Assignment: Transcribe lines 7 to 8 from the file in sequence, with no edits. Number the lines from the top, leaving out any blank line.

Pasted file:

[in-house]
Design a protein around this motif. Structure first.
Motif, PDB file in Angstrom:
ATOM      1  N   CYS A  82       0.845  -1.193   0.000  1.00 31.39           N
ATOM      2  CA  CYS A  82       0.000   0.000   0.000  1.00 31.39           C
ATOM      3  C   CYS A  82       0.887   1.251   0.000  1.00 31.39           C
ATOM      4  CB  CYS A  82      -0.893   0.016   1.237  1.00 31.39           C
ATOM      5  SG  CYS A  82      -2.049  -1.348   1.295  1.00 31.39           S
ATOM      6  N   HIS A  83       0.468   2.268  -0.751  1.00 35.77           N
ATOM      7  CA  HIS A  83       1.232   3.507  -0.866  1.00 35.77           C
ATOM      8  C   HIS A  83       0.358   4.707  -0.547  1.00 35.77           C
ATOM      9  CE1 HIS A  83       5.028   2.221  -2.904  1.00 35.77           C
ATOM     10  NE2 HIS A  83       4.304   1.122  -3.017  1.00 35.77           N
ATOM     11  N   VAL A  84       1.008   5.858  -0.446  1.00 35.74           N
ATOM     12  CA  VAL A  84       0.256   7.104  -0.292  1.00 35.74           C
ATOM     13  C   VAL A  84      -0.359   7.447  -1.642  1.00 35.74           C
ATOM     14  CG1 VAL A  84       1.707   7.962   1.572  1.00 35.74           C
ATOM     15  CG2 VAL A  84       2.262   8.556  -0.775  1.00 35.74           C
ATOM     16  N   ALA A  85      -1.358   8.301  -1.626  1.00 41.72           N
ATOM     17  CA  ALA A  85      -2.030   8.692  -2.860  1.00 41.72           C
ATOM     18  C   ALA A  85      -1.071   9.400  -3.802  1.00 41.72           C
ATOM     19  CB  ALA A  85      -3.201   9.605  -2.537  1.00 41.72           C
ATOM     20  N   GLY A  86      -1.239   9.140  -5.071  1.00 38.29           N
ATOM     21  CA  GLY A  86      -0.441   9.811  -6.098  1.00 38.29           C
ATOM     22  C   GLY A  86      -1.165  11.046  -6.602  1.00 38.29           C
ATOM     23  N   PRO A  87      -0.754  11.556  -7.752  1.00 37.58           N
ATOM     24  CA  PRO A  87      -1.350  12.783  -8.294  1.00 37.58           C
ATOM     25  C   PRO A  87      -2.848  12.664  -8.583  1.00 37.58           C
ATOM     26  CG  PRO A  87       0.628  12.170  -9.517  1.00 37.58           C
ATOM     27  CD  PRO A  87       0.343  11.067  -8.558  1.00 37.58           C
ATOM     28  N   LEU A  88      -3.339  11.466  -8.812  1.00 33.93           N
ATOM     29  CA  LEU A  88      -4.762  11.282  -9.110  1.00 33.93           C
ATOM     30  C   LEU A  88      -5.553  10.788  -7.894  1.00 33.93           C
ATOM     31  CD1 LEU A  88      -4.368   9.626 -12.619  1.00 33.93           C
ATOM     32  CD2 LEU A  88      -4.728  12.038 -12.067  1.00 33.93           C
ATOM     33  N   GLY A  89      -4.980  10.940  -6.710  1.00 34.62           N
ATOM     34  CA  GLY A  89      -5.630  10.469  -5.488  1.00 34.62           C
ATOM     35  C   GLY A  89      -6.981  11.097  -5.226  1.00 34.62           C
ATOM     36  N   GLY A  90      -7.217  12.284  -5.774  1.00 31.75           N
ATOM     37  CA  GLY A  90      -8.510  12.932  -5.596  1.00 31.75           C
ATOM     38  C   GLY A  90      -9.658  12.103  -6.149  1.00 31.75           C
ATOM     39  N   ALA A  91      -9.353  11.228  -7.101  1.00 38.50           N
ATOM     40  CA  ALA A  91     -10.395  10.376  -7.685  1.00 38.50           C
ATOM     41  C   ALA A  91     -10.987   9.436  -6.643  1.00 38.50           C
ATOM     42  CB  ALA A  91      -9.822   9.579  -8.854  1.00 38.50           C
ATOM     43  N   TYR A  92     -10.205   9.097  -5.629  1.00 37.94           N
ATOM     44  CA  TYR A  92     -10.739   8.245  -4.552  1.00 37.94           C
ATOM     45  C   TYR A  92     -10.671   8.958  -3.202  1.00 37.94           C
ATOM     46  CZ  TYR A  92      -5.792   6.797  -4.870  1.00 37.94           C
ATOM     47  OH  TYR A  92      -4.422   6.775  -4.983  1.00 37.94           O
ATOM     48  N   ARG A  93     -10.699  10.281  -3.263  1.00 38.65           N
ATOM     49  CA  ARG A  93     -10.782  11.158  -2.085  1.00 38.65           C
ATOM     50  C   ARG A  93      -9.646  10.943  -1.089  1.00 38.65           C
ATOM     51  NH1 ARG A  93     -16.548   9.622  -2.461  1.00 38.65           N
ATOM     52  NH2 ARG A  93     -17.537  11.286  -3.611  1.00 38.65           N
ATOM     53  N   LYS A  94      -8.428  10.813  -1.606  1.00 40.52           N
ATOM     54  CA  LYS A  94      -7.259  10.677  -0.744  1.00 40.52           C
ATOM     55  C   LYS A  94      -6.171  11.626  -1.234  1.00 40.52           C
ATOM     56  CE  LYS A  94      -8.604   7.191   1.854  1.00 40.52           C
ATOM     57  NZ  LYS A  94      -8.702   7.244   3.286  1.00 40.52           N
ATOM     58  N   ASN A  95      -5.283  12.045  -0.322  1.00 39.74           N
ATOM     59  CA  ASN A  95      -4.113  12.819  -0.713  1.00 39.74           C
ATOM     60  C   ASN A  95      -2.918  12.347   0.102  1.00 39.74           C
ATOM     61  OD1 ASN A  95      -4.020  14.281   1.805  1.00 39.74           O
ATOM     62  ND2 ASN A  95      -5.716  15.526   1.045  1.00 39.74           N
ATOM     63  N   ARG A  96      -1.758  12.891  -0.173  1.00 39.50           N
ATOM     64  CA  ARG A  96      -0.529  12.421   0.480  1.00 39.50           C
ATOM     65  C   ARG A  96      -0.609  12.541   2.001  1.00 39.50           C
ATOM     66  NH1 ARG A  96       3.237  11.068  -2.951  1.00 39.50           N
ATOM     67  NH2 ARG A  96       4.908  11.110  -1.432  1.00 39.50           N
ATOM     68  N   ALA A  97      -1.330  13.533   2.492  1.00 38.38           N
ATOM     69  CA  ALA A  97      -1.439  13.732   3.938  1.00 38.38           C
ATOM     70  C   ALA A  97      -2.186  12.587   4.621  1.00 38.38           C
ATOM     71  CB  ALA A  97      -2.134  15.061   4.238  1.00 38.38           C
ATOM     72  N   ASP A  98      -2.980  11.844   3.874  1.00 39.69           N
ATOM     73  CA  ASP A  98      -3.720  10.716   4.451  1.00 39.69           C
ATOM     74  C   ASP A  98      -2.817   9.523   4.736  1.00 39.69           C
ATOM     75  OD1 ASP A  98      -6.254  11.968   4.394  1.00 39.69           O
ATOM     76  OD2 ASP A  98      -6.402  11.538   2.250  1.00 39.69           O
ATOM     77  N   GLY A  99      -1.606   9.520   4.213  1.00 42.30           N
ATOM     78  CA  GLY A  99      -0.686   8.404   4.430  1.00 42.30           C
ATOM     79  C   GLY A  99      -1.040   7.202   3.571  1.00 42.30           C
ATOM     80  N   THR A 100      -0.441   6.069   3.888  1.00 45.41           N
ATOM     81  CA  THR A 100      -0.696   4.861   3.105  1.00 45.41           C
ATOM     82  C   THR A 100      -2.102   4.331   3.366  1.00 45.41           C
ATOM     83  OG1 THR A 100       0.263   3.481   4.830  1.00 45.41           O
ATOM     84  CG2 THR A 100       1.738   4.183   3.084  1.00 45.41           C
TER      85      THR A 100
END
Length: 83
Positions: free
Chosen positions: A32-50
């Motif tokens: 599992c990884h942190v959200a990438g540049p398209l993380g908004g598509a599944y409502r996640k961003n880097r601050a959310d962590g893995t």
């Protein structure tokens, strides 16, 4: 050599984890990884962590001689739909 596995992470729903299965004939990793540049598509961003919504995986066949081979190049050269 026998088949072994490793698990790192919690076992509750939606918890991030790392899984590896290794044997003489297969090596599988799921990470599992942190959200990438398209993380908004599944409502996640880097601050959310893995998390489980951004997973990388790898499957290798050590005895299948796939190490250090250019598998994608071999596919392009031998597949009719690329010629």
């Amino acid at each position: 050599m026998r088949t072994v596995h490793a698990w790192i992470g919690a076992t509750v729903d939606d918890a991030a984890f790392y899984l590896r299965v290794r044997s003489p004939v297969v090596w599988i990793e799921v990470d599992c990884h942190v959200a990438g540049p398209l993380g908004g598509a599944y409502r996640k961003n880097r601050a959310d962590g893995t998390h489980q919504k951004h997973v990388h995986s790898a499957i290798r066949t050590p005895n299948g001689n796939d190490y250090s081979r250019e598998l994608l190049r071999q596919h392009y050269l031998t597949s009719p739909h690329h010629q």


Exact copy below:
ATOM      4  CB  CYS A  82      -0.893   0.016   1.237  1.00 31.39           C
ATOM      5  SG  CYS A  82      -2.049  -1.348   1.295  1.00 31.39           S